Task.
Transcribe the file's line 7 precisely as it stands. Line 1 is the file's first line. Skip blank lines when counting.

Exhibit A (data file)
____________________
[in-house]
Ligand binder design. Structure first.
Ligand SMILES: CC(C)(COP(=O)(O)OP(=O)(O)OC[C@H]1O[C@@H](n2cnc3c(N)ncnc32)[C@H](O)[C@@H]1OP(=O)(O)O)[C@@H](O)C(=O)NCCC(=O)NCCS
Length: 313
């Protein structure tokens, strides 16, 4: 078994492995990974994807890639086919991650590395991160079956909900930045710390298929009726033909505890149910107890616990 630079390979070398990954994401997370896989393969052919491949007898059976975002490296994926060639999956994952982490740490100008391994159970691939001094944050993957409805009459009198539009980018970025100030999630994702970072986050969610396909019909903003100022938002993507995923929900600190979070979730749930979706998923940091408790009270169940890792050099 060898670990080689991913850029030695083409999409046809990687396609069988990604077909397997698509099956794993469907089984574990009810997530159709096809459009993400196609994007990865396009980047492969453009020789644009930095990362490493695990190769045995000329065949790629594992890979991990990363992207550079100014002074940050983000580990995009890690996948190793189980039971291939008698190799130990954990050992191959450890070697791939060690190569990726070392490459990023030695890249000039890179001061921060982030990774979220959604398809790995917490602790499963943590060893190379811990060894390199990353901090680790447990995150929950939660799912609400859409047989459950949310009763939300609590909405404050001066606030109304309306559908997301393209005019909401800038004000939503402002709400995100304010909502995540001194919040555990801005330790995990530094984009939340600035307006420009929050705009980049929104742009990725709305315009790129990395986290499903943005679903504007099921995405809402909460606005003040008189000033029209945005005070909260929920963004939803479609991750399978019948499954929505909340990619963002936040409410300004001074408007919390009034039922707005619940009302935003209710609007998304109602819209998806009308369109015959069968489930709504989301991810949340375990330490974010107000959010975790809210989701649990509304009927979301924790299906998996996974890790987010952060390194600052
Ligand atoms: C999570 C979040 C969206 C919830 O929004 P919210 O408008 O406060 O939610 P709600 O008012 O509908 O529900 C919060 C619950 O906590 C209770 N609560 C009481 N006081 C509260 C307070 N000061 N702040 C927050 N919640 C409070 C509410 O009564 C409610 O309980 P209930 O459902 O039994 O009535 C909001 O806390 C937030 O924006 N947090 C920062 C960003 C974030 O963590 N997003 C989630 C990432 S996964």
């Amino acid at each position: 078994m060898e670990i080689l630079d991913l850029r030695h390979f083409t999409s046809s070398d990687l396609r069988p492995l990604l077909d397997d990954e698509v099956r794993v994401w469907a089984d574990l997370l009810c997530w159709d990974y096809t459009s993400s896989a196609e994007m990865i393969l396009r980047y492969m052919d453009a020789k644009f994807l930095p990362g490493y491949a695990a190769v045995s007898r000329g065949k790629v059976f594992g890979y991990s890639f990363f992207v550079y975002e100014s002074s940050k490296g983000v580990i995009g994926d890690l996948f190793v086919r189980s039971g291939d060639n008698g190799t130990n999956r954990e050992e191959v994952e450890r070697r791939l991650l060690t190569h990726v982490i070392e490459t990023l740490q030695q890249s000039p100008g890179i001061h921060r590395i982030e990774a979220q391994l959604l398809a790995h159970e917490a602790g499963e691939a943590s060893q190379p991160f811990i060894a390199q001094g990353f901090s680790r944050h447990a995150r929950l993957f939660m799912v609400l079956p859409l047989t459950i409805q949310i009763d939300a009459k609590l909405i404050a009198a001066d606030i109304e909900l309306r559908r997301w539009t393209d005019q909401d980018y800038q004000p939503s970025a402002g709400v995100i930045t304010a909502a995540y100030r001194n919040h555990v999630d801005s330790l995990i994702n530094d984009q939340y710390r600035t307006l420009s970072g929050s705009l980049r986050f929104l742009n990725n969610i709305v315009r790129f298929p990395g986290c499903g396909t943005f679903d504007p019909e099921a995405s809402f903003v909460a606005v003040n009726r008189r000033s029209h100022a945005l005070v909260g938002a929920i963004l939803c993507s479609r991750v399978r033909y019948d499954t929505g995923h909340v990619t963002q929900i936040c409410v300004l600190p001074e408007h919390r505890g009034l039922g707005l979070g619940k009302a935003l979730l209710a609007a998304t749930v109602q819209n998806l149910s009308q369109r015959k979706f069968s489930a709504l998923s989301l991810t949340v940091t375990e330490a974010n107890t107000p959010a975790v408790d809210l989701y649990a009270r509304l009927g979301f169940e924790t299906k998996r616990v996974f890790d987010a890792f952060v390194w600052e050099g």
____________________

């Amino acid at each position: 078994m060898e670990i080689l630079d991913l850029r030695h390979f083409t999409s046809s070398d990687l396609r069988p492995l990604l077909d397997d990954e698509v099956r794993v994401w469907a089984d574990l997370l009810c997530w159709d990974y096809t459009s993400s896989a196609e994007m990865i393969l396009r980047y492969m052919d453009a020789k644009f994807l930095p990362g490493y491949a695990a190769v045995s007898r000329g065949k790629v059976f594992g890979y991990s890639f990363f992207v550079y975002e100014s002074s940050k490296g983000v580990i995009g994926d890690l996948f190793v086919r189980s039971g291939d060639n008698g190799t130990n999956r954990e050992e191959v994952e450890r070697r791939l991650l060690t190569h990726v982490i070392e490459t990023l740490q030695q890249s000039p100008g890179i001061h921060r590395i982030e990774a979220q391994l959604l398809a790995h159970e917490a602790g499963e691939a943590s060893q190379p991160f811990i060894a390199q001094g990353f901090s680790r944050h447990a995150r929950l993957f939660m799912v609400l079956p859409l047989t459950i409805q949310i009763d939300a009459k609590l909405i404050a009198a001066d606030i109304e909900l309306r559908r997301w539009t393209d005019q909401d980018y800038q004000p939503s970025a402002g709400v995100i930045t304010a909502a995540y100030r001194n919040h555990v999630d801005s330790l995990i994702n530094d984009q939340y710390r600035t307006l420009s970072g929050s705009l980049r986050f929104l742009n990725n969610i709305v315009r790129f298929p990395g986290c499903g396909t943005f679903d504007p019909e099921a995405s809402f903003v909460a606005v003040n009726r008189r000033s029209h100022a945005l005070v909260g938002a929920i963004l939803c993507s479609r991750v399978r033909y019948d499954t929505g995923h909340v990619t963002q929900i936040c409410v300004l600190p001074e408007h919390r505890g009034l039922g707005l979070g619940k009302a935003l979730l209710a609007a998304t749930v109602q819209n998806l149910s009308q369109r015959k979706f069968s489930a709504l998923s989301l991810t949340v940091t375990e330490a974010n107890t107000p959010a975790v408790d809210l989701y649990a009270r509304l009927g979301f169940e924790t299906k998996r616990v996974f890790d987010a890792f952060v390194w600052e050099g």